Almost three years ago, I posted about London Symphony, a contemporary silent film production by British filmmaker Alex Barrett. For this project, Barrett has revived the silent-era genre of the city symphony—a cinematic portrait of a city, more poetic evocation than documentary—to celebrate the spirit of London.
I had the pleasure of viewing the rough cut last year, and it’s a wonderful film. Stylistically it’s impressive, with beautiful cinematography and an excellent score; a great synthesis between image and sound. London Symphony is stylish, evocative of the original city symphonies without feeling in any way like a pastiche. But what makes it such a truly ambitious film, I think, is the scope that it covers: London Symphony was shot all over the English capital, with space given to people from all different walks of life, different cultural groups, and of course a huge number of locations. I may not know London well, having visited only briefly, but I experienced it as a nuanced view of the city.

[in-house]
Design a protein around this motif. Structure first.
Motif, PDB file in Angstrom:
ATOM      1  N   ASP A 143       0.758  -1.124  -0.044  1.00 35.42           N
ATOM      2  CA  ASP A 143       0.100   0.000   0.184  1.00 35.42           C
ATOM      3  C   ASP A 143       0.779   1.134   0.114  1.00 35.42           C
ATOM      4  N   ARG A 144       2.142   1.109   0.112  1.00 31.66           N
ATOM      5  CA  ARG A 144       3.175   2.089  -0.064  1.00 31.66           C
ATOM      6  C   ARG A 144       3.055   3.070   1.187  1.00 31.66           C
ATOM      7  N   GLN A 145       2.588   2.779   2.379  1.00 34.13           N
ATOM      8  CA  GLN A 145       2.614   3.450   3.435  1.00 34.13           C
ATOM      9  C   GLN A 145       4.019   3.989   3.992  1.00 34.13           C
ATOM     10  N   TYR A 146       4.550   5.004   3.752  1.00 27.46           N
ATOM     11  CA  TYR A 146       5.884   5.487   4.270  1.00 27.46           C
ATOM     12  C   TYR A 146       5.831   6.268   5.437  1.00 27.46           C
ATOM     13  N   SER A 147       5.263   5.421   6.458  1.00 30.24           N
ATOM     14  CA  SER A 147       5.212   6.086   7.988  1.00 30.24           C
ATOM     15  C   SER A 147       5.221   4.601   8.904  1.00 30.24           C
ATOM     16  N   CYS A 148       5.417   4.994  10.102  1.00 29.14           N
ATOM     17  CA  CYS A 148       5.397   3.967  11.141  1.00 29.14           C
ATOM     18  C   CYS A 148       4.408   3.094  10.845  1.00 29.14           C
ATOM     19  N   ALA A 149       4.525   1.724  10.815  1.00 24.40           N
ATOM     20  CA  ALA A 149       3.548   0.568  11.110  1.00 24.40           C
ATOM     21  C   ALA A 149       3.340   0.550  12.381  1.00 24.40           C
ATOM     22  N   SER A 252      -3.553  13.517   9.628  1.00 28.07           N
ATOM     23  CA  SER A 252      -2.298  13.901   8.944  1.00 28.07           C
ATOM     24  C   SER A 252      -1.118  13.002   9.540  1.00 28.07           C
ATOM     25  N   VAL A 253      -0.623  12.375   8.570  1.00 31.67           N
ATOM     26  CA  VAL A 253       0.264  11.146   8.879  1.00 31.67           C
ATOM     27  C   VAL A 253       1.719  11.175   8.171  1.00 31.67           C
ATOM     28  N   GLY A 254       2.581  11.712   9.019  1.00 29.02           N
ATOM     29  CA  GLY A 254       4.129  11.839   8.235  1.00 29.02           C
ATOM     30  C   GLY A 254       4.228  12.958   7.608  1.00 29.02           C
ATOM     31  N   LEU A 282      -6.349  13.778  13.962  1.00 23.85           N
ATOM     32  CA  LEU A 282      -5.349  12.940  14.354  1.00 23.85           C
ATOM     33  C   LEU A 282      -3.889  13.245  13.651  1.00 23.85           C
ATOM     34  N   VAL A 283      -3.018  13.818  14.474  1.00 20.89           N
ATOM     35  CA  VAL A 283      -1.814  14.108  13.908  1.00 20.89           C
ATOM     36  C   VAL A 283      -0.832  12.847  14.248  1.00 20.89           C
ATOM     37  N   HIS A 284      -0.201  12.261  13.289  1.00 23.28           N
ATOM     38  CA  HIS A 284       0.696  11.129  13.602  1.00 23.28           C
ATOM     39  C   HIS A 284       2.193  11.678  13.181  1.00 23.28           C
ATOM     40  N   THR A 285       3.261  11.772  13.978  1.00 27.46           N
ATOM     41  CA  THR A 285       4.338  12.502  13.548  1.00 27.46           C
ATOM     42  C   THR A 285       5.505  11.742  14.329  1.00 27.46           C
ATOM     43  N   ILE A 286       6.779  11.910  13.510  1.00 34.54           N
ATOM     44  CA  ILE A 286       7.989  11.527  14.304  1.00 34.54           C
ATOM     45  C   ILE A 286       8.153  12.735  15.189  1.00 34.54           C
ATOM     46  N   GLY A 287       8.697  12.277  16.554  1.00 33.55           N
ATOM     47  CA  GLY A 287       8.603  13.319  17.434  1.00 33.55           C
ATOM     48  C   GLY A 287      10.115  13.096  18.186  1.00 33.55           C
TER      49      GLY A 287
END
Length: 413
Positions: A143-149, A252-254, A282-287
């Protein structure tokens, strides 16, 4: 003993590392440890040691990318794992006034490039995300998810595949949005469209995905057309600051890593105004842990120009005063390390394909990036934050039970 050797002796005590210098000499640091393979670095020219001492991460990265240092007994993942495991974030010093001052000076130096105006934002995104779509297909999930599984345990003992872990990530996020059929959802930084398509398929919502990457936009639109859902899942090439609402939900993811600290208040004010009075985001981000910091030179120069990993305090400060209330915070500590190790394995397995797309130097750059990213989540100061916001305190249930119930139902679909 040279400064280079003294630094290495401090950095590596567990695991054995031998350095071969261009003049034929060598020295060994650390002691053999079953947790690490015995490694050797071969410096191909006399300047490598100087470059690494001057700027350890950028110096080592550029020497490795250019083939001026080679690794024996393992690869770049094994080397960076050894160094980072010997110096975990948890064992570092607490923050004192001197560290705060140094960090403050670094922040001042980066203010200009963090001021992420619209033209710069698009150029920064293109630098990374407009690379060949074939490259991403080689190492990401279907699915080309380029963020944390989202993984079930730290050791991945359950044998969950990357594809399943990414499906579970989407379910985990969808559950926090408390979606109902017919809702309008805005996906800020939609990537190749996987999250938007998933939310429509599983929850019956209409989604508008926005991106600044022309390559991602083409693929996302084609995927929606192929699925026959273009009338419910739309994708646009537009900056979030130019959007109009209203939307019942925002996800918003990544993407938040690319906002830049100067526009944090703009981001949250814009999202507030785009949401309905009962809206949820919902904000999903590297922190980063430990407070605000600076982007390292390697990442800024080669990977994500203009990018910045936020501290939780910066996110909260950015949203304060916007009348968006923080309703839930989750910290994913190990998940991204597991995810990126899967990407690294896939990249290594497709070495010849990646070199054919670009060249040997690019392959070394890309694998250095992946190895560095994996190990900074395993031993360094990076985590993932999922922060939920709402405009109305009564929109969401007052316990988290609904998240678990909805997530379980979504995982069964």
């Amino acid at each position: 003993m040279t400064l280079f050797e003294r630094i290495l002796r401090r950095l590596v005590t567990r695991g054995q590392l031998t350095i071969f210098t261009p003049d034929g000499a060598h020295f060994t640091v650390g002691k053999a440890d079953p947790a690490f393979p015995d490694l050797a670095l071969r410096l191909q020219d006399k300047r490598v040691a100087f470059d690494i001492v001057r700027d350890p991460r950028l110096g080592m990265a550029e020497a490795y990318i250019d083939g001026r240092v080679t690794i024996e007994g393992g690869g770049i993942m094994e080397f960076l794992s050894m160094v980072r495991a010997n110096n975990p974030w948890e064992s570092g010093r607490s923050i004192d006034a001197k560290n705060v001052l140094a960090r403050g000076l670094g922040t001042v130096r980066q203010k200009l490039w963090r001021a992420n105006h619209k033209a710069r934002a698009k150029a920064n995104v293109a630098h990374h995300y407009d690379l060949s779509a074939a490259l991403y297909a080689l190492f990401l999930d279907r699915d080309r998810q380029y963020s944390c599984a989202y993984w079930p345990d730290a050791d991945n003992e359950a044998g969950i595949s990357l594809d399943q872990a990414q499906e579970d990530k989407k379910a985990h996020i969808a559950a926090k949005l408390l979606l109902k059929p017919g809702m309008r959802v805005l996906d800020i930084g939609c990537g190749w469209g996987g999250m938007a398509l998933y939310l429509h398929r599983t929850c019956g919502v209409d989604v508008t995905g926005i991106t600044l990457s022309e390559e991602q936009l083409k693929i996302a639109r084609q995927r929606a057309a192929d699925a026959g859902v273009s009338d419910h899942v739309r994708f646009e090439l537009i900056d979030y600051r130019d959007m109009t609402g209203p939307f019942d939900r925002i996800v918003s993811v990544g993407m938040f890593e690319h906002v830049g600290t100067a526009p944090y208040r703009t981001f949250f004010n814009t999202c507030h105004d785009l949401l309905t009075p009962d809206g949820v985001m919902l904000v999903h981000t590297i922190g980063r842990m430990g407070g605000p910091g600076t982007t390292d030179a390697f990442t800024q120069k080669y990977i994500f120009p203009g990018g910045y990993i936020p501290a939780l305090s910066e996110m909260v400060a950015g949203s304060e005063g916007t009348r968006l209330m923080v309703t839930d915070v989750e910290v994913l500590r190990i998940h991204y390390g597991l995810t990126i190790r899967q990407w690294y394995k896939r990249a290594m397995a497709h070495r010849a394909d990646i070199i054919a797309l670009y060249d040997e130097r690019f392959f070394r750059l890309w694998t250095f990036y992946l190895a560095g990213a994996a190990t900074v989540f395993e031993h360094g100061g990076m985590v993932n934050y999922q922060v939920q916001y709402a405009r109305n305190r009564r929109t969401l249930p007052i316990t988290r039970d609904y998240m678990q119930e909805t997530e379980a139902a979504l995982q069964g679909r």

The world premiere of London Symphony took place in May at the Edinburgh International Film Festival, but another big date is coming up: the film’s limited UK release in September. The tour kicks off with a live orchestra screening at the Barbican on September 3rd, followed by a collection of other venues across England. (Screening info here).
It will be a great one to see on the big screen, if you can get there! For the rest of us, stay tuned: London Symphony has been picked up by Flicker Alley for international distribution, and it will be released on MOD Blu-Ray and VOD later this year.